New research from BrightLocal suggests that 88% of consumers trust online reviews as much as personal recommendations. This is potentially great news for amusements / attractions; an area that traditionally benefited massively from word of mouth.

My personal view is that the line between online review sites and Social Media is blurring. Instinctively as we scroll through a timeline of Social statuses and updates, we’re judging brands / people / attraction on their content. I like to go back to basics and ask a question I’ve been using for years. Someone has started following you / added you as a friend (etc.), what is it they want from you? Why have they chosen to follow you?

Thinking of this from the point of view of an attraction / amusement, the chances are, your followers / fans can fall into three separate groups:

i. People that have visited your venue
ii. People that are considering visiting

Based on these assumptions, you have to ensure you have content strands that work together, to appease both audiences.

i. People that have visited your venue

You could assume that a customer that has visited the attraction wants nothing else from you across Social Media; they’ve been there, done that. However, assuming that the user enjoyed their visit, they can now been considered an advocate of the brand / attraction. Use this advocacy, and play to the strength of each Social channel.

Twitter: Launch an initiative to collect reviews of the park within 140 characters.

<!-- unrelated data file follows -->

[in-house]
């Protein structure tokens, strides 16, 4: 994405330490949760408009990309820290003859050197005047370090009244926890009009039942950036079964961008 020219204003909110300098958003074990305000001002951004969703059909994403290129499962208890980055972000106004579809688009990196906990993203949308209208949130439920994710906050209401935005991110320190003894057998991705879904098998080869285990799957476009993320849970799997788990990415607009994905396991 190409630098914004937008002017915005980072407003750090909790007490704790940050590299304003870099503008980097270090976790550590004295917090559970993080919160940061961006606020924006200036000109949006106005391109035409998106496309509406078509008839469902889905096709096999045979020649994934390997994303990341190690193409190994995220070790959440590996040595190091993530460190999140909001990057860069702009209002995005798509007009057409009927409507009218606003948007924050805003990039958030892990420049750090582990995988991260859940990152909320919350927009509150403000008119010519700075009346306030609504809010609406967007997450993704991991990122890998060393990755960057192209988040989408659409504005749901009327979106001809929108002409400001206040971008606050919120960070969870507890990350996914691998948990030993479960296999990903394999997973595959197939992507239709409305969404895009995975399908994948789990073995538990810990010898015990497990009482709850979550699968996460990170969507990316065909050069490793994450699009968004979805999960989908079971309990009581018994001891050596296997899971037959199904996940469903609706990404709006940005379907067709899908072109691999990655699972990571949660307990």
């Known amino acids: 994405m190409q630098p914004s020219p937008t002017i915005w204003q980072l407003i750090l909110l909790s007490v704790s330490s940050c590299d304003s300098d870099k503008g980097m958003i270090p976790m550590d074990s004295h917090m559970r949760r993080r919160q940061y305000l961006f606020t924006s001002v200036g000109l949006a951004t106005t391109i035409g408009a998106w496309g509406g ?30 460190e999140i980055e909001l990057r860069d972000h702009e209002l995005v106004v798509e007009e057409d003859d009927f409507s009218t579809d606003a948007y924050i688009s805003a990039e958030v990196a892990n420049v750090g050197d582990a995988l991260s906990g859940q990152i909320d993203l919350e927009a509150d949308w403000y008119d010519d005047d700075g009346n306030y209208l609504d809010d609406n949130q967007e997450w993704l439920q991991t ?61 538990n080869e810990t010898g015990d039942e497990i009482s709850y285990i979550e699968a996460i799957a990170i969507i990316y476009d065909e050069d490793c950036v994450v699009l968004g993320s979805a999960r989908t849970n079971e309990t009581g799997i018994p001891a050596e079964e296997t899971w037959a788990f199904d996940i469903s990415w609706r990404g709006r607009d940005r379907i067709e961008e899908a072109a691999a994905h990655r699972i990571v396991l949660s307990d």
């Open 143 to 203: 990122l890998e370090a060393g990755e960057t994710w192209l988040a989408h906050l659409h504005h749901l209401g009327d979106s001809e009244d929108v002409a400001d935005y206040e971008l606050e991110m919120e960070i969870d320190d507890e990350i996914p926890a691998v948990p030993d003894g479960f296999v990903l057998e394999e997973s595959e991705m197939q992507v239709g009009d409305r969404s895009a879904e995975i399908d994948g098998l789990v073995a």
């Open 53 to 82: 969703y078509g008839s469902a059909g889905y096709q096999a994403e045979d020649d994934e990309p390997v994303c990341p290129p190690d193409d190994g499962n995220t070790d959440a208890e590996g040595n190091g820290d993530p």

Instagram: Gather images of families / kids / adults (or a selection of all) enjoying themselves; submitted using a unique hashtag.
Facebook: Allow users to post images on the Facebook wall, or even create a simple application allowing the user to do this.
Google+: Google has recently massively improved its imagery capabilities by automatically creating gifs from multiple images uploaded. This could be prompted by the venue.

This is where content gathered from the above can directly feed into a content strategy aimed a the second audience:

ii. People that are considering visiting

Images of people having a great time at a venue, or short reviews are very beneficial to this audience. Importantly, the content gathered from those consumers that have visited is consumable at a snapshot. That’s what prospective audiences need when scrolling through timelines. Social Media has subconsciously become a review platform. That user-generated content is far more valuable to a prospective audience than content created by the attraction itself. That isn’t to say brands should stop creating this all together; too much praise can have a negative effect.

Without getting too weighed-down by theory, consider the buying cycle for a consumer going to an attraction.



We can assume that users on Social are at least in the early stages of the buying cycle (Awareness / Interest / Research). Reviews and images from other consumers that have completed the cycle could have an important role to play in the consideration of prospective visitors.
Too many brands still put such a large emphasis on content creation that they ignore valuable content being created by the consumer. When creating monthly / weekly calendars, why not try leaving another row blank for UGC?